A horse figurine is evidence of early Jewish ritual practice. (photo by Clara Amit/IAA.COM)
One might think that a significant archeological find a few hours’ walk from Solomon’s Temple in Jerusalem would turn up artifacts we would recognize as Jewish. But since the Judaism of the day was not what we know, the find yielded ritual objects that seem vaguely pagan, almost heretical by today’s standards.
Shua Kisilevitz, the archeologist who was part of the team that excavated the site at Tel Motza, about seven kilometres west of Jerusalem, prefers the phrase “pagan Yahwism” to describe the religion of the era.
Last December, Kisilevitz and three fellow archeologists announced what they called an “unusual and striking” find, unearthed in construction for a highway: the 2,750-year-old walls of a temple, along with a cache of ritual objects that included a pedestal decorated with lions and sphinxes, pendants, pottery and vessel fragments, and figurines – two human and two animal – that may or may not have depicted deities.
The dig provides “rare archeological evidence for the existence of temples and ritual enclosures in the Kingdom of Judah in general and in the Jerusalem region in particular,” the team announced.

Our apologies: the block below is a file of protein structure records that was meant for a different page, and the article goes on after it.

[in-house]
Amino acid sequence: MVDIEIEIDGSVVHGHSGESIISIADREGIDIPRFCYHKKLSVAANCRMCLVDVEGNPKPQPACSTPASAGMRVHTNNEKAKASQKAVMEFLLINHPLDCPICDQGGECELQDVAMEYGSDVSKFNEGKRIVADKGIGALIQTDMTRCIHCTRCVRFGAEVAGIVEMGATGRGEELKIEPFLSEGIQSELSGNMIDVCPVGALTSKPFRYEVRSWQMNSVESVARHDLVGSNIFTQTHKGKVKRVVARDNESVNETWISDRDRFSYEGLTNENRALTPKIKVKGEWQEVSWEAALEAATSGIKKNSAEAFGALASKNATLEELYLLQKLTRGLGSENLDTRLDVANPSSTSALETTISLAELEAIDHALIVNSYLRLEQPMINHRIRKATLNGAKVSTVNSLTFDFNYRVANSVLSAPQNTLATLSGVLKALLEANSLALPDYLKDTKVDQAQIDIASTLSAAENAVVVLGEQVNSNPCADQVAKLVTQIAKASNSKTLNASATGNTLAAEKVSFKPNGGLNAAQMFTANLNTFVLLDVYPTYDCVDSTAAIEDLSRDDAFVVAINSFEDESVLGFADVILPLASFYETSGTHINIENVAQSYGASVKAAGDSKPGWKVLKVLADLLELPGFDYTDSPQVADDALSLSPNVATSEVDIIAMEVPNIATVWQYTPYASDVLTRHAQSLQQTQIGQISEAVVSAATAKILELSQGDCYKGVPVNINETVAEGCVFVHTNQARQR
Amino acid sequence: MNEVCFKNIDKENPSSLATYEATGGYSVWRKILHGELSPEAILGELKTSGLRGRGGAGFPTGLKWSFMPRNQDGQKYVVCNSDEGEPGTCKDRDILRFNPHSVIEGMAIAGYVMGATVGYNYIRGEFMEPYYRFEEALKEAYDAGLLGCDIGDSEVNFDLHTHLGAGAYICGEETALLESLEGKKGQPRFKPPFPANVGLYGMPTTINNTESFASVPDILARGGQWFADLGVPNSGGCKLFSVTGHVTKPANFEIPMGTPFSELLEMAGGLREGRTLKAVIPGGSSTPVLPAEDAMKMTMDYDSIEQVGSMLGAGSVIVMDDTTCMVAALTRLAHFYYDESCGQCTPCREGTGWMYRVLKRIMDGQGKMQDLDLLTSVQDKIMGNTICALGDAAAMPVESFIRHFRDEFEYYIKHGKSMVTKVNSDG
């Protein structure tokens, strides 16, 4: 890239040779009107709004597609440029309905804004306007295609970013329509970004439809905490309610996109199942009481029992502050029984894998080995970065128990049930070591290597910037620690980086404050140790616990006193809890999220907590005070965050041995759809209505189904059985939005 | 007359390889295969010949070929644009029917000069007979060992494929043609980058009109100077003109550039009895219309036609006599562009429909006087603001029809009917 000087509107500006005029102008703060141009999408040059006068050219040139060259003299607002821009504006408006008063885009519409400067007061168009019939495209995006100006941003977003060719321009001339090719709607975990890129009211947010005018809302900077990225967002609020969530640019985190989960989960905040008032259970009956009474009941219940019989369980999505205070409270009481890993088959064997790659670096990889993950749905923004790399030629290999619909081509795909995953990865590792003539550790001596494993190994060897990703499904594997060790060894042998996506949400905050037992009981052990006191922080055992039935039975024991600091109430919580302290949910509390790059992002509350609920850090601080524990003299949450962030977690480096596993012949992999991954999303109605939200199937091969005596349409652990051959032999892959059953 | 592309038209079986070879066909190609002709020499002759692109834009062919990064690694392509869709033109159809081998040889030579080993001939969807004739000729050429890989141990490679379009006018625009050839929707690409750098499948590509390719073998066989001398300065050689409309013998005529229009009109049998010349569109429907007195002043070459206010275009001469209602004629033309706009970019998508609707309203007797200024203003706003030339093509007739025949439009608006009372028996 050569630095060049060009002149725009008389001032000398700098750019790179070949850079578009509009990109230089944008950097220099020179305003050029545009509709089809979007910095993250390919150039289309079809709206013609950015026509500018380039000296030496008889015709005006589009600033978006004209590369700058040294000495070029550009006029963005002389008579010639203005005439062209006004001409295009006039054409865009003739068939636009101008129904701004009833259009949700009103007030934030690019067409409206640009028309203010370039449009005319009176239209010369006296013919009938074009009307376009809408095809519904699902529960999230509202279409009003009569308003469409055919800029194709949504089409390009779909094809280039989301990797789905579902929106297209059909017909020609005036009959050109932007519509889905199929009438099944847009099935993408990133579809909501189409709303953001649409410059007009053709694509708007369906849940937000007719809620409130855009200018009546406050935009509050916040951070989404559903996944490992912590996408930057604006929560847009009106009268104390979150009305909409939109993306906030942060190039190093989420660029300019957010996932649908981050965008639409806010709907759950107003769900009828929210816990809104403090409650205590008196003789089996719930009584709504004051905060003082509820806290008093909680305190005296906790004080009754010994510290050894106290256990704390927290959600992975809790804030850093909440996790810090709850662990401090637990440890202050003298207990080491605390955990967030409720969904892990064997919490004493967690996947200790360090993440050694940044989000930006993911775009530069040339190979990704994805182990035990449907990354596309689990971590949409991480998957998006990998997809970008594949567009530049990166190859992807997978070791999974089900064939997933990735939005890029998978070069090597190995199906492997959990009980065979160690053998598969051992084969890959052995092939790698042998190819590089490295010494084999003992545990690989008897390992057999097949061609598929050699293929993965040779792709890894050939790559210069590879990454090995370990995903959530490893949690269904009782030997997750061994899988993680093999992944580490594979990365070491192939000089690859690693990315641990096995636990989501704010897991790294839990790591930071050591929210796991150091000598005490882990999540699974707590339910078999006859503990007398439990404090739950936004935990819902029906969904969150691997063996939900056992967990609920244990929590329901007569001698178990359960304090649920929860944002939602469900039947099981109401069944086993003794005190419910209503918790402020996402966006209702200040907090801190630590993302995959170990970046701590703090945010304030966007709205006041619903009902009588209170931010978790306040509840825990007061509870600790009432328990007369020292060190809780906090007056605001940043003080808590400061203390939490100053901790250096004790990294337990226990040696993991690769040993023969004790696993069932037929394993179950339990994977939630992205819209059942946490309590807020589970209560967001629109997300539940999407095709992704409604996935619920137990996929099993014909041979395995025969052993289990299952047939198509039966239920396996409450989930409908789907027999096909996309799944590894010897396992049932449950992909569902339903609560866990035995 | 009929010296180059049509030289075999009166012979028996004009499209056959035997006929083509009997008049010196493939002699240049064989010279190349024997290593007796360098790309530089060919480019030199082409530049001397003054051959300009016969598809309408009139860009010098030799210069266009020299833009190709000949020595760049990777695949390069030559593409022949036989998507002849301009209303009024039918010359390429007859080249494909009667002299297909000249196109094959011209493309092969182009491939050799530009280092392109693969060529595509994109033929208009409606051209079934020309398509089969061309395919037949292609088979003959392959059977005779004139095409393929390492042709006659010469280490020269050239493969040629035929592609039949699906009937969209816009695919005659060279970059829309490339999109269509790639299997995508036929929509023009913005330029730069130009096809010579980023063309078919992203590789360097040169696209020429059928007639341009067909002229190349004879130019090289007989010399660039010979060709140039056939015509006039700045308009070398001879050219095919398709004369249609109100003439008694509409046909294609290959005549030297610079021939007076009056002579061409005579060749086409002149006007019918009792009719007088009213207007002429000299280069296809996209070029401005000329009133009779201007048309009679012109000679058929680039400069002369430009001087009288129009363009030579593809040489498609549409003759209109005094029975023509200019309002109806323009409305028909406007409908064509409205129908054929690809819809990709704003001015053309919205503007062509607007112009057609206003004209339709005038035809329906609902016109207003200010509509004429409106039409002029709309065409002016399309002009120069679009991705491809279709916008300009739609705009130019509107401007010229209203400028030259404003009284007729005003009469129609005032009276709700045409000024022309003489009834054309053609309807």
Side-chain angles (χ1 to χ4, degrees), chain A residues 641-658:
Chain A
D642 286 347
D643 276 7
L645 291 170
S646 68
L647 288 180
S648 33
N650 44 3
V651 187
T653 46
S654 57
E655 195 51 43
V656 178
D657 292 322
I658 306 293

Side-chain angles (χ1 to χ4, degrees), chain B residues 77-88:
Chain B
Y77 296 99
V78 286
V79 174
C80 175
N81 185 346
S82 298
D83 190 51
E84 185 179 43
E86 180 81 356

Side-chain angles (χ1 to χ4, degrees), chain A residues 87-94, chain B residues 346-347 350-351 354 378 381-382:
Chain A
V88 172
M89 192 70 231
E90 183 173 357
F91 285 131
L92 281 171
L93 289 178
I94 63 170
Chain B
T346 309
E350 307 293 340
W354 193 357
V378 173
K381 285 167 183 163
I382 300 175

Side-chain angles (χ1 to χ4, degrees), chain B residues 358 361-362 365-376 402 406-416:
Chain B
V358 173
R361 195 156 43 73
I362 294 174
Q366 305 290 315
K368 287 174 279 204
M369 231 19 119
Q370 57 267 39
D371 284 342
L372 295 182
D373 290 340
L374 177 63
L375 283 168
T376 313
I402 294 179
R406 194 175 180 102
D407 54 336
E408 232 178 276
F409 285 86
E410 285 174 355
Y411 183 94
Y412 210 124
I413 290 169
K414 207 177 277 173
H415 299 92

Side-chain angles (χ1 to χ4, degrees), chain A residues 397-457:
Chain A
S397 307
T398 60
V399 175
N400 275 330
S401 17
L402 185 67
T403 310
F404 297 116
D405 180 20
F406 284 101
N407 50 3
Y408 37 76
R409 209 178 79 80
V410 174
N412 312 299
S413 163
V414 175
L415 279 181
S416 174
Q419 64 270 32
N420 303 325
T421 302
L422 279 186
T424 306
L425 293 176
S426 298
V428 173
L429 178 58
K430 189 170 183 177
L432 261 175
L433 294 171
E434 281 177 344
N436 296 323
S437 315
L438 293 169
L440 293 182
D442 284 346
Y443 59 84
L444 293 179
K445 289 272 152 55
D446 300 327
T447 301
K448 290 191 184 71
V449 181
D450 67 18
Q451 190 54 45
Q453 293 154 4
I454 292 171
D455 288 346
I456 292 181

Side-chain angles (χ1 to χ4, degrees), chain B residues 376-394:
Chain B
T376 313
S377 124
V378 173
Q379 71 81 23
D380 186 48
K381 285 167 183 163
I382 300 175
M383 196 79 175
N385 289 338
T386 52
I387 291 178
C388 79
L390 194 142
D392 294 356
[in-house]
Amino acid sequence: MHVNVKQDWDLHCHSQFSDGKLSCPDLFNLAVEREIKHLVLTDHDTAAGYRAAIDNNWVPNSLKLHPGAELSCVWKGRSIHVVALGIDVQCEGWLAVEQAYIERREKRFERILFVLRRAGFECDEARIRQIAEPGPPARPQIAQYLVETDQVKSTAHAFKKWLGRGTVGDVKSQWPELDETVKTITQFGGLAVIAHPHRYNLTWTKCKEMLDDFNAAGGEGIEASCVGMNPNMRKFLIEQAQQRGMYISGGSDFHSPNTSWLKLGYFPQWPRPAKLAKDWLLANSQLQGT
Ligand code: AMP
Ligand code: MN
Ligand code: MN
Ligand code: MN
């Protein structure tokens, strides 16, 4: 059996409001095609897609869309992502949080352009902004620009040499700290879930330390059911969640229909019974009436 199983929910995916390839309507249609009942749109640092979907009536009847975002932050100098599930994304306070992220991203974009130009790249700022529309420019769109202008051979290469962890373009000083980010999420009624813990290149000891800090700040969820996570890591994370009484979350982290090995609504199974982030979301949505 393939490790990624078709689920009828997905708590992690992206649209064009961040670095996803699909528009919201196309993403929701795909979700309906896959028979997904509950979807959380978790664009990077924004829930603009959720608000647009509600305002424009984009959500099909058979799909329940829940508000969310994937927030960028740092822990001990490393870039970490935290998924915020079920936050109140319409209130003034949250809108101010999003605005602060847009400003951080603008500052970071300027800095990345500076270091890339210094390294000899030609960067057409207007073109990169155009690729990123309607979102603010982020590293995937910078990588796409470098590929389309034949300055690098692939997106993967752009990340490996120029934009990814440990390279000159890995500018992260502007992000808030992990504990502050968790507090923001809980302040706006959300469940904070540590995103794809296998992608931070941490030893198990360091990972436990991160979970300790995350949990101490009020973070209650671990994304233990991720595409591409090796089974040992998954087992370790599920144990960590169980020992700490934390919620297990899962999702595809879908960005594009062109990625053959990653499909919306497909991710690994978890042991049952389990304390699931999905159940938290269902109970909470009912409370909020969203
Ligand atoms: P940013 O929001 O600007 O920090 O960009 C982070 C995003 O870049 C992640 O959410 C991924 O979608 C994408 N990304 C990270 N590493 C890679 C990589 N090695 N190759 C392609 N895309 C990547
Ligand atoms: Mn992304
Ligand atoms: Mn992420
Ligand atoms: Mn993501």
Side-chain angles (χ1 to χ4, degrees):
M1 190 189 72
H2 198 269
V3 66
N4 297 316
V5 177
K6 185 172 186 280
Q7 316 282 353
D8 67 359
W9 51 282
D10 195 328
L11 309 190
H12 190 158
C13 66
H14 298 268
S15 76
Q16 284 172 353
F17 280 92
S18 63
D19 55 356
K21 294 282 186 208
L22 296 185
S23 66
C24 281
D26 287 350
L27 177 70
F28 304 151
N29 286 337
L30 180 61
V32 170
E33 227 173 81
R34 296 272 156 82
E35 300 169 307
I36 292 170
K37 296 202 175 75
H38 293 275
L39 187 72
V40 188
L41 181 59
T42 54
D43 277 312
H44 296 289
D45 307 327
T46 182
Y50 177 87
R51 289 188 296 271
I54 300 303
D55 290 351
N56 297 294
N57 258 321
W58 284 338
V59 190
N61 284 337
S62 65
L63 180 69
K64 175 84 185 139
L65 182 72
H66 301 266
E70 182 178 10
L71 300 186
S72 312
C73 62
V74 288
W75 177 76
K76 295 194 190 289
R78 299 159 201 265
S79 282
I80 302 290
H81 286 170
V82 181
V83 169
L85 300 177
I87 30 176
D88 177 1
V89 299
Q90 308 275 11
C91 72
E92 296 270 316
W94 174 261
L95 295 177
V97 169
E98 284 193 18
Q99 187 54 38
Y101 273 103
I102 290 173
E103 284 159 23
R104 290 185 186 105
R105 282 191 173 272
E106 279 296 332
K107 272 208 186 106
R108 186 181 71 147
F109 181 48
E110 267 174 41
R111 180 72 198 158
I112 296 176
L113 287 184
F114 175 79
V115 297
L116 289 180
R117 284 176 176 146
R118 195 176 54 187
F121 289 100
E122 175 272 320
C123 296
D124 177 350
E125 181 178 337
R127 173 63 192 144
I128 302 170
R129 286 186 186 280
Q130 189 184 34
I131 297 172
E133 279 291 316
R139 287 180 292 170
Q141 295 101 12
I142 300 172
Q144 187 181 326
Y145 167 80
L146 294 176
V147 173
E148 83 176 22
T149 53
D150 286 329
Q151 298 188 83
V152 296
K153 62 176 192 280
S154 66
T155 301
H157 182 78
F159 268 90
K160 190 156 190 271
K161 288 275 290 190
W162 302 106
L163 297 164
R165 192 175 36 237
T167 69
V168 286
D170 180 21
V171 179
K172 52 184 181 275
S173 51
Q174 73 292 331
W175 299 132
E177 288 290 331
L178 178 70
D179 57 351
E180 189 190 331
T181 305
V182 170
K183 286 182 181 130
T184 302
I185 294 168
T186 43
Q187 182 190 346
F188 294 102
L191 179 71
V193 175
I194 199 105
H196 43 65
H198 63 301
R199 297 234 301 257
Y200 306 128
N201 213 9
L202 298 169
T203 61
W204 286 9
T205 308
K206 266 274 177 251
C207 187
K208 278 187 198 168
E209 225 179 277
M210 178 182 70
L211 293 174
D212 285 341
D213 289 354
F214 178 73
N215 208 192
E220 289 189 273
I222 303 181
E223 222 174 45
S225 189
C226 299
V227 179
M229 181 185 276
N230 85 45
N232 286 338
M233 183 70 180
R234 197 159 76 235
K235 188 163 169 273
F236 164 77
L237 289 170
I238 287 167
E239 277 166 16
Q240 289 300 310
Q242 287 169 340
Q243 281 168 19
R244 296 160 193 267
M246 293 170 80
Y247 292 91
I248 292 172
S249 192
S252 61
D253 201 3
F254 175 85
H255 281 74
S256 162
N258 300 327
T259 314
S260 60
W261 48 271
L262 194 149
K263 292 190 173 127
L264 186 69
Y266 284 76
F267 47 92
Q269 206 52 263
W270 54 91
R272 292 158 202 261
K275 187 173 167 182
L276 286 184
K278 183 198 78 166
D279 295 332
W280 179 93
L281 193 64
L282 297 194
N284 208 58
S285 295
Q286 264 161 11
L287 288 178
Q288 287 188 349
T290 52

The uniqueness of the find is even more remarkable, the archeologists said, because of its proximity to the First Temple, built, according to the Bible, under King Solomon in 960 BCE. But archeologists know little about the period’s religious practices because there are hardly any remnants of ritual buildings from the era, according to Kisilevitz.
While more study is needed, the find provides valuable insights into what those rituals might have been, she said in an interview prior to her recent talk on the subject at the University of Toronto. While those practices may seem strange and un-Jewish today, they were in keeping with the rules of the time, Kisilevitz said.
Previous excavations showed that Motza functioned within the royal administration of the Kingdom of Judah, she said. “It was very much connected to Jerusalem. [It couldn’t] create its own religion. The people of Motza didn’t wake up one morning and say, ‘Oh, we want to create something new.’ They couldn’t break off so easily.”